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Rowan Atkinson Quotes

And what's interesting about him as a comic character is that the custard pie hardly ever ends up on his face.

And, we put a lot more value, or at least I personally put a lot more value, on the creative values and creative challenges of something than the commercial necessities.

But generally speaking, I tend to be quiet and introspective.

Get that right, then- if you get the quality right, then the marketability or whatever; your ability to sell videos or your ability to earn money or whatever, will follow naturally. But try to be creatively lead rather than market lead. And that's important to me.

I don't much enjoy Back and Forth. I mean, I think it has its own particular qualities, but I think it's inferior to any of the half-hour ones we did.

I feel as though the camera is almost a kind of voyeur in Mr. Bean's life, and you just watch this bizarre man going about his life in the way that he wants to.

I mean I can do it when I'm very relaxed, and with good friends, then I think I can be amusing.

I think the character does tend to suit an episodic thing, because what's fun about him is that he doesn't care about anyone else, and it's very difficult for a main character - a lead character - in a movie to not care about anybody else.

I want to express myself in a different way. I have a performing inclination.

I would return to the Blackadder character if the opportunity came up. I have no qualms about that at all.

In TV, and in particular in commercials, you don't really need to explain very much at all - you just say he's a spy and he's a little bit theatrical and overblown and smug and he's not very good at his job.

It's the difficulty we had with Mr. Bean, actually, when it went from TV to film. You certainly discover that you need to explain more about a character.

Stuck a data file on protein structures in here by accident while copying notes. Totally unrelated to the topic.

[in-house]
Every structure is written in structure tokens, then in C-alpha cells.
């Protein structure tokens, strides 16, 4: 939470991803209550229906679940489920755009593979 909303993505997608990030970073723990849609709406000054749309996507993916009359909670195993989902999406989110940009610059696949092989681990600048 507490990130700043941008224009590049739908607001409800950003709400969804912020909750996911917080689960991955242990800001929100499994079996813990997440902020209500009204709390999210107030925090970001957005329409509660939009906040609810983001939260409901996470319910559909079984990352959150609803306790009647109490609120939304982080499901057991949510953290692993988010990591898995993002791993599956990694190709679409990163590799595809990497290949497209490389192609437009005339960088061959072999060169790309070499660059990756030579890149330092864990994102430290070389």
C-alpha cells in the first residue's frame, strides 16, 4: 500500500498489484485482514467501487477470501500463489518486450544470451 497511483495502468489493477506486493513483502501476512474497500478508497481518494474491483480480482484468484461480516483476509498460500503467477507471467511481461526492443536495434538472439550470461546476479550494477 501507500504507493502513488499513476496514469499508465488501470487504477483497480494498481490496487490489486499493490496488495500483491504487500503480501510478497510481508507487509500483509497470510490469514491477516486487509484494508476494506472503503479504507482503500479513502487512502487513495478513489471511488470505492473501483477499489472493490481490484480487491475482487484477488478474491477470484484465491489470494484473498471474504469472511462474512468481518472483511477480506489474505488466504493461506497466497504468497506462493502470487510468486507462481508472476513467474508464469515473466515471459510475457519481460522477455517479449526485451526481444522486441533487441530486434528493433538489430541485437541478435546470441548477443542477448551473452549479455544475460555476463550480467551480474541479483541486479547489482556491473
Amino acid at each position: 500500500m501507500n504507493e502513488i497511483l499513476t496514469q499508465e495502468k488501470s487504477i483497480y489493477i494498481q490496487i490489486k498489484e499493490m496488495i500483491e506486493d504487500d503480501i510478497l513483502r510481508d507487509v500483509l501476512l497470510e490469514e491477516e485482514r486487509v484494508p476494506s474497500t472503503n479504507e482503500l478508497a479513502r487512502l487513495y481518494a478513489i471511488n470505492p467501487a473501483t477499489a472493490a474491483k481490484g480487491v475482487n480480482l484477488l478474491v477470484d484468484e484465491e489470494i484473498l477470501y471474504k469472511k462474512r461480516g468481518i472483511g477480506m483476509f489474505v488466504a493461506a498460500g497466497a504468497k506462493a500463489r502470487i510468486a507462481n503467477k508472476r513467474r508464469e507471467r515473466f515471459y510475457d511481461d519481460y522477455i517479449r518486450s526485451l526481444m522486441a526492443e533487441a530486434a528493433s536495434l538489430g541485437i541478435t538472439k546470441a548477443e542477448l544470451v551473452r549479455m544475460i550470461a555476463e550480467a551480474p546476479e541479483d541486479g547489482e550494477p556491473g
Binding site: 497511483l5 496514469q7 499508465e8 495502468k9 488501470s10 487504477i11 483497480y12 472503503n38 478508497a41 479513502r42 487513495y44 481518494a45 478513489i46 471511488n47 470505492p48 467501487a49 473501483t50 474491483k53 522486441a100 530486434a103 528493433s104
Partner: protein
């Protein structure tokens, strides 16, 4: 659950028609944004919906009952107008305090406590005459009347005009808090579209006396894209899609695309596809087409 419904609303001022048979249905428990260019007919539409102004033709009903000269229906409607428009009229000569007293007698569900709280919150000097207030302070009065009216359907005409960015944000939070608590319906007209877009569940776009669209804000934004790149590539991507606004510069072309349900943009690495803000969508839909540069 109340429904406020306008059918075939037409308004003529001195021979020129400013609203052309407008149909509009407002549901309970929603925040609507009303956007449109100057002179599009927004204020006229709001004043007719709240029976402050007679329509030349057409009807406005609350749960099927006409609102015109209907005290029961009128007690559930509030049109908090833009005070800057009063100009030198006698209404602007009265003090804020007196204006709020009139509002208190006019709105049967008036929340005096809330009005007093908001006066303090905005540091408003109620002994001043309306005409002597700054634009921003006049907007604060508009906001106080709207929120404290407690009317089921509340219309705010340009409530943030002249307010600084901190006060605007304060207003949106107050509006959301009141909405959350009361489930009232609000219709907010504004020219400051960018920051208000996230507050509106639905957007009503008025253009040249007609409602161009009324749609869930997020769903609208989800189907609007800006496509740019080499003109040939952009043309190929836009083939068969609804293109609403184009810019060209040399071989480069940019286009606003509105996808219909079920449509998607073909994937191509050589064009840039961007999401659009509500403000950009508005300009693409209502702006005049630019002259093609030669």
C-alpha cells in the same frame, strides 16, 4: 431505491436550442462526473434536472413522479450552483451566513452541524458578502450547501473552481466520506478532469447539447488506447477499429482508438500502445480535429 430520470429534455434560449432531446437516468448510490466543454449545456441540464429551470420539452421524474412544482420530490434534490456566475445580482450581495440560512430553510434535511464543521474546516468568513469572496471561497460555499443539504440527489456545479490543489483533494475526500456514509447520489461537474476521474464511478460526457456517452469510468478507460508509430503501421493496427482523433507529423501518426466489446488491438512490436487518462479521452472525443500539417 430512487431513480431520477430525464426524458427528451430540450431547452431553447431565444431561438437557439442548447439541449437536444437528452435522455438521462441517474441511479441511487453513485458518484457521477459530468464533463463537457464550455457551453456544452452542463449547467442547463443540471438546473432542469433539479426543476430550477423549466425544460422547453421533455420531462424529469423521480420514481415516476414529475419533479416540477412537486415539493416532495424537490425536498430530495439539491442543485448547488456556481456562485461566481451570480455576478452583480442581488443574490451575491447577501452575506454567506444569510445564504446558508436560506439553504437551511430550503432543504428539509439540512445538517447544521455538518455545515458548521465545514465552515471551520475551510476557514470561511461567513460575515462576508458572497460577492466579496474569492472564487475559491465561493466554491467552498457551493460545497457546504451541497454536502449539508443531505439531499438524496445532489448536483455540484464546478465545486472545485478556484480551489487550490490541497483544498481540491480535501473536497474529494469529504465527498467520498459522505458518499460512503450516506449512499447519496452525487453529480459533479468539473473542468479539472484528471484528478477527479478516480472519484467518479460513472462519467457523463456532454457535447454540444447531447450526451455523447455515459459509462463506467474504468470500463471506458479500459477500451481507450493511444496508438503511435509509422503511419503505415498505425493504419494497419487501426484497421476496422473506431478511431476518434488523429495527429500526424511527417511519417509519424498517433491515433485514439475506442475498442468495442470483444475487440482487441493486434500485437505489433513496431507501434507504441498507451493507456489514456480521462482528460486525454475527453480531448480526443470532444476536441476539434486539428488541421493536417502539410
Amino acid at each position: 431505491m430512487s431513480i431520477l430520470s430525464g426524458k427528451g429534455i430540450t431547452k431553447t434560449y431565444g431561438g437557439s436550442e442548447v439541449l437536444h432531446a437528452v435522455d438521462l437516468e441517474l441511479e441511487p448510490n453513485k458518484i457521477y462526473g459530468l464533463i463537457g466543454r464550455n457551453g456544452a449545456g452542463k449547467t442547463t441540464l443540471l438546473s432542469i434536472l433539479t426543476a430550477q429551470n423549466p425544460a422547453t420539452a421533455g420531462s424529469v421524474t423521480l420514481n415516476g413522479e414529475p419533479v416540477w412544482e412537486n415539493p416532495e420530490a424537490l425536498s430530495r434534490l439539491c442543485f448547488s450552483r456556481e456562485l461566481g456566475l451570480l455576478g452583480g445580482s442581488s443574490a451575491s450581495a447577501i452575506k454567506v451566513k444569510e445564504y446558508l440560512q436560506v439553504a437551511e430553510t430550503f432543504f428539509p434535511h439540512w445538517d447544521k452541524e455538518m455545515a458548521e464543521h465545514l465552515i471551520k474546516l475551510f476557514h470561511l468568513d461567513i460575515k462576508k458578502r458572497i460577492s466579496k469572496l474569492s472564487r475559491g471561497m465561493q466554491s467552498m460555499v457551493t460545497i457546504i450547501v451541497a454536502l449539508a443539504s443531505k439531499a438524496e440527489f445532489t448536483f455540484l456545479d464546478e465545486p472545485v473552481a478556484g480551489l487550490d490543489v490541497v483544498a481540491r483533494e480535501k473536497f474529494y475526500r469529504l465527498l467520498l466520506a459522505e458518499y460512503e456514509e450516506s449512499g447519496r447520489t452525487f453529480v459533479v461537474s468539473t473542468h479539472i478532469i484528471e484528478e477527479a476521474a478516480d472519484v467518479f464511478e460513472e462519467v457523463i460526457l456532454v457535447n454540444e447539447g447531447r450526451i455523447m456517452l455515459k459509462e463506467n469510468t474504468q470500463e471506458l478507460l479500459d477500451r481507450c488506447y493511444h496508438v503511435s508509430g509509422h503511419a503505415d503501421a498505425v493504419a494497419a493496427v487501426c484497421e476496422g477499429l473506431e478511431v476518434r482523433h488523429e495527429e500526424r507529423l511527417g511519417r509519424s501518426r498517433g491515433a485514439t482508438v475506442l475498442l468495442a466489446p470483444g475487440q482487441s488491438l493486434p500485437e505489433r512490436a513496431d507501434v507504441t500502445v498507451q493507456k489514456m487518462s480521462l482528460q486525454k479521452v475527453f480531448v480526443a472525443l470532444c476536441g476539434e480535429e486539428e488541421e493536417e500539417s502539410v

Marketing is what gets you noticed, and that side of it something - this side of it, if you like, doing interviews - is the side of it that I least enjoy, and yet is 50% of the project.

Monty Python crowd; half of them came from Cambridge, and half of them came from Oxford. But, there seems to be this jewel, this sort of two headed tradition of doing comedy, of doing sketches, and that kind of thing.

No, no, I was only funny on stage, really. I, I, think I was funny as a person toward my classmates when I was very young. You know, when I was a child, up to about the age of 12.

Not so much in Canada, but certainly in the US, as I'm sure you know, money is all, and if they can get another 26 programs of the same thing even though it advances the culture or those actor's careers not at all it doesn't matter.

Of course, some would say if you have a performing inclination, then you should become a lawyer. That's a platform we use, or a priest. You know, anywhere you lecture and pontificate to people.

We still have a tradition certainly in English television; it's faded a bit in the last five years, but we still have a tradition where the important thing is the quality and the challenging nature of the programming.

When I was doing Bean more than I've done him in the last few years, I did strange things - like appearing on chat shows in character as Mr. Bean.

You're about as useful as a one-legged man at an arse kicking contest.